California’s Poorest Households Pay the Largest Share of Income in State and Local Taxes

Even With Income Increasingly Concentrated Among the Very Wealthy, Lowest-Income Households Pay a Greater Share Than Highest-Income Californians

FOR IMMEDIATE RELEASE

SACRAMENTO – A new report released in advance of Tax Day – April 15 – by the California Budget Project (CBP) shows that the state’s lowest-income households pay a disproportionate share of their incomes in state and local taxes – especially compared to the wealthiest households.

Who Pays Taxes in California? shows that nonelderly California households in the bottom fifth of the state in terms of income – who earn an average of $13,000 a year – pay an estimated 10.6 percent of their incomes in state and local taxes. This is a greater share than is paid by any other segment of the state’s households and is also notably higher than the share for the state’s wealthiest residents (see graph).The top 1 percent in California, with an average income of $1.6 million a year, pay an estimated 8.8 percent of their incomes on state and local taxes – or nearly two full percentage points less than the poorest Californians.

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These figures account for the tax increases implemented by Proposition 30 of 2012, which were largely targeted to the wealthiest residents. These data were provided by the Institute on Taxation and Economic Policy.

“Having California’s wealthiest contribute a smaller share of income then the poorest is a case of upside-down tax policy, ” said Chris Hoene, CBP executive director. “Our state needs a tax system that raises revenues fairly and effectively – and this means making sure that families contribute based on their ability to pay.”

The CBP’s new report also indicates that:

  • California’s poorest households are paying the most in state and local taxes even as income is increasingly concentrated at the very top. Between 1987 and 2011 (the most recent year for which data are available), the average annual income of California’s top 1 percent increased by more than 75 percent, after adjusting for inflation, even while the bottom four-fifths of Californians had a decline in average income. As a result, the share of income going to the top 1 percent grew by more than half between 1987 and 2011 – going from 13 percent to 21 percent.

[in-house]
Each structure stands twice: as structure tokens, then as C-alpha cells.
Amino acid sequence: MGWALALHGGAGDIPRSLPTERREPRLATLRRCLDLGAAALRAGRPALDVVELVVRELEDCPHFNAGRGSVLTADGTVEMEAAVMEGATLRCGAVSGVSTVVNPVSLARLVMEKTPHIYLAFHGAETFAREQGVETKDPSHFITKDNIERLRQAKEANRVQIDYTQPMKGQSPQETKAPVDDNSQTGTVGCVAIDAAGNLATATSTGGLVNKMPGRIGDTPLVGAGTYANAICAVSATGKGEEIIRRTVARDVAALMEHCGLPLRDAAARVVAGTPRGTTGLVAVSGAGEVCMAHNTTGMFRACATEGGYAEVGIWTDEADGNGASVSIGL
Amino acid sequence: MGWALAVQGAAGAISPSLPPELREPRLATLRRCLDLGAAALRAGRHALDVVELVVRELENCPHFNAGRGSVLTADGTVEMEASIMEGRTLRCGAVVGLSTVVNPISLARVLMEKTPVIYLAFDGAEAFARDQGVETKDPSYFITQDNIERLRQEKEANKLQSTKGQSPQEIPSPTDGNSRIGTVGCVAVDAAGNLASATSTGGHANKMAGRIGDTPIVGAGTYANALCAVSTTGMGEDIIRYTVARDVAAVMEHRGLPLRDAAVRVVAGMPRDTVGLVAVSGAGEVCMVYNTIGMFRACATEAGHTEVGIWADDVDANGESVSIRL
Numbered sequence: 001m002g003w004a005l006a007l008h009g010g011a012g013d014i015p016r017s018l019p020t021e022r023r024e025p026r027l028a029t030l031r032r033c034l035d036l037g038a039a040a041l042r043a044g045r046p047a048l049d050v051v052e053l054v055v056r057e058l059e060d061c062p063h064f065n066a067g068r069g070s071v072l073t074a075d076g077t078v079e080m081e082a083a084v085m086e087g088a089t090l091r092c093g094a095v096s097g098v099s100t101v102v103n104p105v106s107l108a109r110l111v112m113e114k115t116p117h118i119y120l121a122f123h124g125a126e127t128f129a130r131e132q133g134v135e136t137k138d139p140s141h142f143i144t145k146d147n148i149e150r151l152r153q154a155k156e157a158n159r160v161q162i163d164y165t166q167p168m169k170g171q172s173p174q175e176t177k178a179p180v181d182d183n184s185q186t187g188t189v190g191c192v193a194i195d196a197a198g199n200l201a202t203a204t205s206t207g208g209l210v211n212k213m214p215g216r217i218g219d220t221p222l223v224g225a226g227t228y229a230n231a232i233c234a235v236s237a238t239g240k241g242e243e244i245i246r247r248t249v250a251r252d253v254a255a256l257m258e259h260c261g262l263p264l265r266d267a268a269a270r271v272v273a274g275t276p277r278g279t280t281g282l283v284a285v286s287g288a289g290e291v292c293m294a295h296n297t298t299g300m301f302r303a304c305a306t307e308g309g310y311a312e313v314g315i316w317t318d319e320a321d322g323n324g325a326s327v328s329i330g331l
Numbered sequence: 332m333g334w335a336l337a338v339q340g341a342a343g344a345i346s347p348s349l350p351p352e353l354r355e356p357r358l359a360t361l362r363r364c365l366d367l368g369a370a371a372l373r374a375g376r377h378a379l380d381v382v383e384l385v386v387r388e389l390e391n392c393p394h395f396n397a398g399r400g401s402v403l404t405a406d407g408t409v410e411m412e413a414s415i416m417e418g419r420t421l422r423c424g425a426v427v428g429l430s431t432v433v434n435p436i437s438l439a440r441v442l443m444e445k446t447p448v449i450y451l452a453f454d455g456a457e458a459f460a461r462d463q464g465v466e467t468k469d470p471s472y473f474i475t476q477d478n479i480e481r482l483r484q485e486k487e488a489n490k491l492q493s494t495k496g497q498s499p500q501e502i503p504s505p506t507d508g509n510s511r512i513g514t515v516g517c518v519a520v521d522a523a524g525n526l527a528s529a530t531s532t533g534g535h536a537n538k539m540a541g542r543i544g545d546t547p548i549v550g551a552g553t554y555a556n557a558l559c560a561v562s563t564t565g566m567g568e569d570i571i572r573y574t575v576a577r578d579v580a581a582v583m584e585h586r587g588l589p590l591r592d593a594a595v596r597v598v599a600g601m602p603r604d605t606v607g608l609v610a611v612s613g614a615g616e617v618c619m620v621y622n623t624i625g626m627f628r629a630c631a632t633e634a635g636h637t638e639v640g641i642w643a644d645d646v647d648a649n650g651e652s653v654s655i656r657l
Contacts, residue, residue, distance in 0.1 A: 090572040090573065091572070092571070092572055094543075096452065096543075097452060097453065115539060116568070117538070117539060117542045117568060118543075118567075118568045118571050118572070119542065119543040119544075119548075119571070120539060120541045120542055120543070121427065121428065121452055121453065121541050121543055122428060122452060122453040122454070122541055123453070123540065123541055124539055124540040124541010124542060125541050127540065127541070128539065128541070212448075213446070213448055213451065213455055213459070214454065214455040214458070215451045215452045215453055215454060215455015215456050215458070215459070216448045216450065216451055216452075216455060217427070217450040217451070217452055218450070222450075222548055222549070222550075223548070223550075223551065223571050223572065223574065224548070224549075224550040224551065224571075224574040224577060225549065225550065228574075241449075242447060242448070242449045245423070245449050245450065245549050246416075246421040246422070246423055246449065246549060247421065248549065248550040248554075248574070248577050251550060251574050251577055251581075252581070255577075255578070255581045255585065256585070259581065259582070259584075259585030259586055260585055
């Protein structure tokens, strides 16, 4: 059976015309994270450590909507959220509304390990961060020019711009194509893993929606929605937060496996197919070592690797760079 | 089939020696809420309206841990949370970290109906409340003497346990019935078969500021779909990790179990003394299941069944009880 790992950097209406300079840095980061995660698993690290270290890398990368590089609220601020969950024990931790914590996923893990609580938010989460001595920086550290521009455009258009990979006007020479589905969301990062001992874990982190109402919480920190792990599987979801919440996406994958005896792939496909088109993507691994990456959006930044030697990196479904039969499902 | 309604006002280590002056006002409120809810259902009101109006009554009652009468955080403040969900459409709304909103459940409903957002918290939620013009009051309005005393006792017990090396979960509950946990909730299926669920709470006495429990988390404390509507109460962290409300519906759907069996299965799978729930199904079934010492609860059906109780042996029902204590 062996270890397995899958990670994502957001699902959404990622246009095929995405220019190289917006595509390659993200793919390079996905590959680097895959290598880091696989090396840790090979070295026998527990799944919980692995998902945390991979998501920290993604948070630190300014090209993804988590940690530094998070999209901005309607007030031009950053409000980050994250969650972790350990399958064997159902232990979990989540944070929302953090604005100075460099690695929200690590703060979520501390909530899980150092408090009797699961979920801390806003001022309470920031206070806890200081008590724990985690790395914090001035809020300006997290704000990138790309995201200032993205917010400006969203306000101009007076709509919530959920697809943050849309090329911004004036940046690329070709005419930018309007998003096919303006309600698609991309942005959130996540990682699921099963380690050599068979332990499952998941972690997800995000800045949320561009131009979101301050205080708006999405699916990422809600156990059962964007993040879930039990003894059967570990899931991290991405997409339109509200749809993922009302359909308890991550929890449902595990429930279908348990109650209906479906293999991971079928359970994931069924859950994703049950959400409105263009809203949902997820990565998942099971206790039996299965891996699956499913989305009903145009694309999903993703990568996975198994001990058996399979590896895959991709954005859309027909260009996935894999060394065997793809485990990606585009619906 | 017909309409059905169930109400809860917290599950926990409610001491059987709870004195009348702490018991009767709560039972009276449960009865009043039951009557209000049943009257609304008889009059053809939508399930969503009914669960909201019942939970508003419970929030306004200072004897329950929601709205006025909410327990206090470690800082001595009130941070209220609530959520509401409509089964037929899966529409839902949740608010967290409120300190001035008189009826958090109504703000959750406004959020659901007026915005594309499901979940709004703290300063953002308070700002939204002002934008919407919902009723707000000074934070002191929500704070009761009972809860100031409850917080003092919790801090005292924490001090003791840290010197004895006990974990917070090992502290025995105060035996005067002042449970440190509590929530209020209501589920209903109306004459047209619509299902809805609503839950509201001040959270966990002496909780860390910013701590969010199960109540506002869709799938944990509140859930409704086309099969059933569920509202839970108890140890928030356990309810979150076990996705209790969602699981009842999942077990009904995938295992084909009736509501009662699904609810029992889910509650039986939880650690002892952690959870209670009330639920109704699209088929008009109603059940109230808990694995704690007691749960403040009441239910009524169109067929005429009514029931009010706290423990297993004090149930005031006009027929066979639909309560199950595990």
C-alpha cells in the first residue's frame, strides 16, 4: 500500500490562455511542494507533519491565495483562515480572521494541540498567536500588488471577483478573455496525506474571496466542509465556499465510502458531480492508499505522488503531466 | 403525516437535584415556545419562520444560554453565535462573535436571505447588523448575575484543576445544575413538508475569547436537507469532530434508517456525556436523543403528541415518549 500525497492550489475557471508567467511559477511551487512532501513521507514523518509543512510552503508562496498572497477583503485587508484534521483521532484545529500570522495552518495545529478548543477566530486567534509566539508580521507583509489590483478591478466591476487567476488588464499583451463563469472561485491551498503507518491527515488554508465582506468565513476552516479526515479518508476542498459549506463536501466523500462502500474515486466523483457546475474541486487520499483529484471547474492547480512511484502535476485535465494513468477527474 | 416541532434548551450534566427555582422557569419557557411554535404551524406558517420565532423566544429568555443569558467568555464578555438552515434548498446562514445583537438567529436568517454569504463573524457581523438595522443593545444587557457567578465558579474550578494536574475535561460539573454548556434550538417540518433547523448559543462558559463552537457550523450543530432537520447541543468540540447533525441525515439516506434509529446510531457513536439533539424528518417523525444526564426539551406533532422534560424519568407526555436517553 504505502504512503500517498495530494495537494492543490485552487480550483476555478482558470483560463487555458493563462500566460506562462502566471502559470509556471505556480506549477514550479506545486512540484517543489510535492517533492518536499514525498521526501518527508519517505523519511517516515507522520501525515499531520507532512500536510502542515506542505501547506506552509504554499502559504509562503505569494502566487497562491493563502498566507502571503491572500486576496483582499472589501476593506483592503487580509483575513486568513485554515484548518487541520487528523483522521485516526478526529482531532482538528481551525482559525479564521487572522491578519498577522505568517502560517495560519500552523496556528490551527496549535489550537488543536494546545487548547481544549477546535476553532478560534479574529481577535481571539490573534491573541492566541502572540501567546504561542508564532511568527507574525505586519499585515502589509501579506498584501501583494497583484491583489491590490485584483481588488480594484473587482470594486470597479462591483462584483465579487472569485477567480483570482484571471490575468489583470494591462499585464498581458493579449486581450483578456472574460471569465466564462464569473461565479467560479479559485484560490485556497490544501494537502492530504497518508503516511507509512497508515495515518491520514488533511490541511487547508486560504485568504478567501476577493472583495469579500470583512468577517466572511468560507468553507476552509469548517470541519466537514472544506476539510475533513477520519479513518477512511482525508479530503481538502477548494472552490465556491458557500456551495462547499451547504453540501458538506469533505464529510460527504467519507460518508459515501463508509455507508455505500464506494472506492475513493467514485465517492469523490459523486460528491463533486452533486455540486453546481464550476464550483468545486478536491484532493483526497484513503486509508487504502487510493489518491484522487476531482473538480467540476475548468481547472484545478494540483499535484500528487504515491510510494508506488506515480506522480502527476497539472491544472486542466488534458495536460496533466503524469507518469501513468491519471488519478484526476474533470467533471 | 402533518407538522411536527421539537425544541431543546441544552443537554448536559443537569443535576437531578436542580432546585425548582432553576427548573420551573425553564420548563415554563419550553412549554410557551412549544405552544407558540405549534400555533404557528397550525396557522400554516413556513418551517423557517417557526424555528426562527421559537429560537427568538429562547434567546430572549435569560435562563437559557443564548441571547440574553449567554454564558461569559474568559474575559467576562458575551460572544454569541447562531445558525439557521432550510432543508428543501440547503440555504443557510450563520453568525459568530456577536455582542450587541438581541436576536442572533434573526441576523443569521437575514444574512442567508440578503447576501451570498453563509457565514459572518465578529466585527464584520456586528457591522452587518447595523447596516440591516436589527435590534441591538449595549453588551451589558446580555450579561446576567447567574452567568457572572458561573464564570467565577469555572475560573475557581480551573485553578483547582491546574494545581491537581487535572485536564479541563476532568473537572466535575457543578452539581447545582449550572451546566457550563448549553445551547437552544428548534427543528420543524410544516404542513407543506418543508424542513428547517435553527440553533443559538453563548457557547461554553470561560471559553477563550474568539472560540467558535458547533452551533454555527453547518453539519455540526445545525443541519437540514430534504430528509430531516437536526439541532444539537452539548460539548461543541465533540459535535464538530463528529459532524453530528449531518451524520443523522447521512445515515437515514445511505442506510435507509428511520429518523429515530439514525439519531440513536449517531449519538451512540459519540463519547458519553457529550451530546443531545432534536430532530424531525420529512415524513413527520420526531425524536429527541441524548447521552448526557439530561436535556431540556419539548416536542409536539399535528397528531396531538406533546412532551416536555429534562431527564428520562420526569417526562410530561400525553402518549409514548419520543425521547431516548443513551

• Targeted state policies could create a fairer tax system and foster greater economic security for California’s low-income families. State policymakers could take specific steps to provide a financial boost to low-income families and ensure that contributions to state and local taxes better reflect individuals’ and families’ ability to pay. For example:
    • State policies could better target existing tax credits to low-income households by making credits that could especially benefit them (e.g., the Child and Dependent Care Expenses Credit) refundable, meaning they could be claimed even if their incomes are so low that they don’t owe income tax.
    • California could create a state earned income tax credit (EITC) that extends the federal EITC already in place, thereby providing a financial boost for eligible low-income workers and their families.

“With the right kinds of policies, California can choose to have a tax system that truly reflects the underlying economic reality and is part of a broader effort to help families climb the income ladder,” Hoene said.

Who Pays Taxes in California? is available online at the CBP’s website, www.cbp.org.

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The California Budget Project (CBP) engages in independent fiscal and policy analysis and public education with the goal of improving public policies affecting the economic and social well–being of low– and middle–income Californians. Support for the CBP comes from foundation grants, subscriptions, and individual contributions. Please visit the CBP’s website at www.cbp.org.